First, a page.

Not sure this is the place but since posting in "WP advanced" wasn't possible I try here...
We've been digging around in various ways to use object cache to increase the performance of our WP-installation. We've found some inconsistencies in the options and after tryig various ways to store objects and various plugins to enable caching I've found a code snippet that doesn't seem quite right...
In wp-includes\options.php (WP 3.4.1):
At line 135 function wp_load_alloptions goes to the database pulls a bunch of options and puts them in variable $alloptions (a quite big array that would be).
In same file:
At line 215 function update_option updates a specific option.
It does this by writing the specific option to the database but the caching code changes the option in the array and puts all of that array in the cache.
And it is the update that I think might be a problem. I speculate:
If there are multiple processes running WP there will be multiple objects $alloptions all based on what came from the database or the cache. When the update is done it is fully possible that another process that has a different version of $alloptions will later update options and write a new version (without the first change) to the cache (since not only the specific change is cached but all of $alloptions).
It might seem that all of this happens extremely quickly and these cache overwrites should be very rare. But since database/memory reads/writes are involved it is very likely that these processes run at different pace and often overlap/overtakes each other, causing the problem.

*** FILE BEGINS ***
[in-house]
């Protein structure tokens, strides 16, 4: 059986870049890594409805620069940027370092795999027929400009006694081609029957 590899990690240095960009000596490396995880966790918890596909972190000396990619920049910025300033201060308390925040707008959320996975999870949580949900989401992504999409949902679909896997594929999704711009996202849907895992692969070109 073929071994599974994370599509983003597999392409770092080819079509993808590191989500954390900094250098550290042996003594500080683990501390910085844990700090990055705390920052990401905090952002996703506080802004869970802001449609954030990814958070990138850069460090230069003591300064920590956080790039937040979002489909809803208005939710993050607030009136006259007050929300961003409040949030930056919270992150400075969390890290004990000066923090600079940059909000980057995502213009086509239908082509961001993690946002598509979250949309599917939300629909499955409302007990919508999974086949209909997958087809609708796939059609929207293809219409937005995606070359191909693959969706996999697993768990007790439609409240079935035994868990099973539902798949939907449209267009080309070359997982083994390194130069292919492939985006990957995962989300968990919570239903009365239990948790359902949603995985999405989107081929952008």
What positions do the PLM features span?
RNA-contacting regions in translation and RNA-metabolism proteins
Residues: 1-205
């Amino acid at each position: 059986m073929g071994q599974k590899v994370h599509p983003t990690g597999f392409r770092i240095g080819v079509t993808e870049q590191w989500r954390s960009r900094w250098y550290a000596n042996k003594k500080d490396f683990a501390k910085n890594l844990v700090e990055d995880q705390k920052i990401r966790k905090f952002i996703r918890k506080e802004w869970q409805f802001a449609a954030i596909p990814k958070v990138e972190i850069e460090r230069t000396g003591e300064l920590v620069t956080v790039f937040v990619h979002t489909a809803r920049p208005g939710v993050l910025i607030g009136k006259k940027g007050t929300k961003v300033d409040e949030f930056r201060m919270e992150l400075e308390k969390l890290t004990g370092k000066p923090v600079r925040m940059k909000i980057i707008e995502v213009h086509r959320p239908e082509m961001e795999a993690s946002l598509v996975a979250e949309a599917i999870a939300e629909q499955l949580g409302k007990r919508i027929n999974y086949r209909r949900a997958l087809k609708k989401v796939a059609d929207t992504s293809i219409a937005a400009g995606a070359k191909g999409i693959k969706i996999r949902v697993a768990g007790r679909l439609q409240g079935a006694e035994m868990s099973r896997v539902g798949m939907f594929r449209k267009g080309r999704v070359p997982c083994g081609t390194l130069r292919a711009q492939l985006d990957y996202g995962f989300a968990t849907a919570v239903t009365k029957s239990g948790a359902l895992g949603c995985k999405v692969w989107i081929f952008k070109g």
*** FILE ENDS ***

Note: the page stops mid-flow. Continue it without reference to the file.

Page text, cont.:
Thus a change might be invisible for a long time due to the cached object being overwritten by versions with a different change. You simply don't know which cache write wins.
After trying commenting out functionality in our theme that updated options it seems work as expected.
Suggestion for improvement:
It would lower performance but if an option is updated the cached object should be deleted (eg: line 252 should be a wp_cache_delete instead of wp_cache_set). This would let any other process to get a fresh $alloptions on next call to wp_load_alloptions.
A different way might be to suggest using very short times for object cache, something in the range of seconds to avoid making the problem be noticed but that would also lower the efficiency of using the object cache.
Hope this makes sense, or maybe I've missunderstood something and all is as it should be.